Nub Maduro 460 Tubo - Cigar Review
Blend: Nicaraguan fillers and binder dressed in a Brazilian Maduro wrapper.
Time in Humidor: 6 months
Construction: The dark chocolate brown wrapper was slightly mottled with almost invisible seams and finished off nicely with a tidy double cap. The pack was textbook firm and consistent along its length. Tobacco on the foot looked very tight and the different tobaccos in the blend were easily discernible by their colour. Overall like most nubs I’ve experienced, this cigar was exceptionally well made.
Smell: Smell on the wrapper consisted of chocolate over cedar with hints of coffee and hay. On the foot the bouquet was made up of primarily hay with hints of sweet coffee.
Cold Draw: Resistance of the draw was perfect, not loose, but a little resistance. Flavours experienced on the cold draw comprised of aged tobacco, espresso, cedar, hay along with a gentle cedar tasting spice.
First Light: Flavours on the first light involved bitter dark cooking chocolate, bitter espresso, cedar and tobacco.
Aroma: This cigar emitted a delicious aroma which consisted predominantly of chocolate and cedar.
First 3rd - 20 min
Very soon after the charred flavours of the first light, the cigar settled down and offered a classier synergy between the flavours. All the bitterness and char waned. The chocolate flavour evolved into dark,sweeter eating chocolate, whilst the coffee flavour shifted to a robust dark roast smoothness. The cedar lingered and remained unchanged. The finish was predominantly of coffee and cedar with the addition of a very subtle earth undertone.
The smoke production was excellent; producing thick clouds of dense white smoke. The existing flavour profile consisting of these big flavours had the cigar sitting on a notch over medium.
The burn started off a little rocky from the first light, running down one side. Fortunately it stopped 10mm down and started to burn around at the 12 minute mark. 20 minutes in the cigar started to exhibit a near perfect burn.
Second 3rd - 45 min
Flavours in the second third did not deviate from the flavours experienced in the first. The overall strength of the cigar at the end of the first third had ramped up from just over medium, to just shy of full. This is a very robust and rich flavoured cigar but does not bring with it a palate searing spice offered by excess nicotine or young tobaccos.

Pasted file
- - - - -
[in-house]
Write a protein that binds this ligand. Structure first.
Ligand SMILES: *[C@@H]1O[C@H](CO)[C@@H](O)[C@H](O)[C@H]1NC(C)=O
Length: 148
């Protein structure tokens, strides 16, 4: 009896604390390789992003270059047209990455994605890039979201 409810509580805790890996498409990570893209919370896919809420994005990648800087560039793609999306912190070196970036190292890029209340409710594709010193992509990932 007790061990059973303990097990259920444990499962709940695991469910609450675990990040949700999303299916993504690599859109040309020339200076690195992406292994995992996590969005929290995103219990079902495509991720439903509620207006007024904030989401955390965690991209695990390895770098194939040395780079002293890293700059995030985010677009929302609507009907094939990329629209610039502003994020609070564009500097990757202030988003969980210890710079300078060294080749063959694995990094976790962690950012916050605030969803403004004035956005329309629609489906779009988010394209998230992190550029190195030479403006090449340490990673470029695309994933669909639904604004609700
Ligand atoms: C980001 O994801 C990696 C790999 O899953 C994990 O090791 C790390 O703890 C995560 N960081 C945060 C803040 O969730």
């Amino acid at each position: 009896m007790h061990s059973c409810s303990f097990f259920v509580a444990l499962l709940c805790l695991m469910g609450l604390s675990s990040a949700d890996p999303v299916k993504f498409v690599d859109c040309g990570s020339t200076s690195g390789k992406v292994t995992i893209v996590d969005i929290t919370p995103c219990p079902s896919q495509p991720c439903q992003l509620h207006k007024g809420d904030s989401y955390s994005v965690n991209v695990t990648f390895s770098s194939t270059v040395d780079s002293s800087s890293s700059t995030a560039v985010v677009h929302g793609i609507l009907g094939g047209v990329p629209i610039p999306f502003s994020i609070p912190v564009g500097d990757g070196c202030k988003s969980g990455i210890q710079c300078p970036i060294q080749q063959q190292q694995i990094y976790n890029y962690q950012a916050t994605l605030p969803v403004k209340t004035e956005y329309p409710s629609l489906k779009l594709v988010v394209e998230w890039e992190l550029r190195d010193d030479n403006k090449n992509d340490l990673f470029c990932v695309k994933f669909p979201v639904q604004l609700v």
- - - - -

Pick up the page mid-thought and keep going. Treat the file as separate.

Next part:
Worthy of noting is that this cigar flavour incited changes whenashing. When you ash a cigar the ‘cherry’ becomes exposed to an richer source of oxygen, therefore burning hotter. When this stick was ashed the flavours regained some of their bitterness and the cedar moved closer to the front of the palate. This was temporary of course, as once a few millimetres of ash redeveloped and smothered the cherry again the flavours smoothed back out to their previous state. In addition to the change in flavour created by removing ash, the burn tended to go wild for a few minutes until a layer of ash formed which seemed to keep the burn under control.
Late in the second third the cigars burn started to become offensive; running down one side about 25mm. I was about to touch it up when the poor burn started to correct itself.
Third 3rd - 58min
Flavours in the final third saw a slight change with the sweet chocolate moving further ; allowing the coffee to move to the front. The coffee transitioned out of its smoothness into a sharper but thinner espresso taste. The overall body of the cigar had shifter further up into a fuller flavour The cedar was barely identifiable and was replaced with a more toasty savor.
On the checkered flag the cigar seemed to regain the bitter tones experienced in the first light, which signalled ’the end is nigh’.
I elected to retire the cigar at 1 hour 9 mins as the acridity of heat was rearing its ugly head.
Overall this cigar was a full strength mocha bomb, exhibiting for the best part, very robust flavours of coffee, dark chocolate and earth. The construction was impeccable as was both the draw and smoke production. The only drawback was the cigars burn, which I have noticed is quite typical of the large gauge NUB cigars.
I would happily smoke many more of these, as I have already.
Suggested pairings with this stick is a heavily wooded cask strength whisky such as Aberlour A’Bundah, or Glenfarclas 105. If you like a wine with your cigars this stick would also pair brilliantly with a robust dark fruited, semi sweet Shiraz with a low tannin level.
Thanks for reading.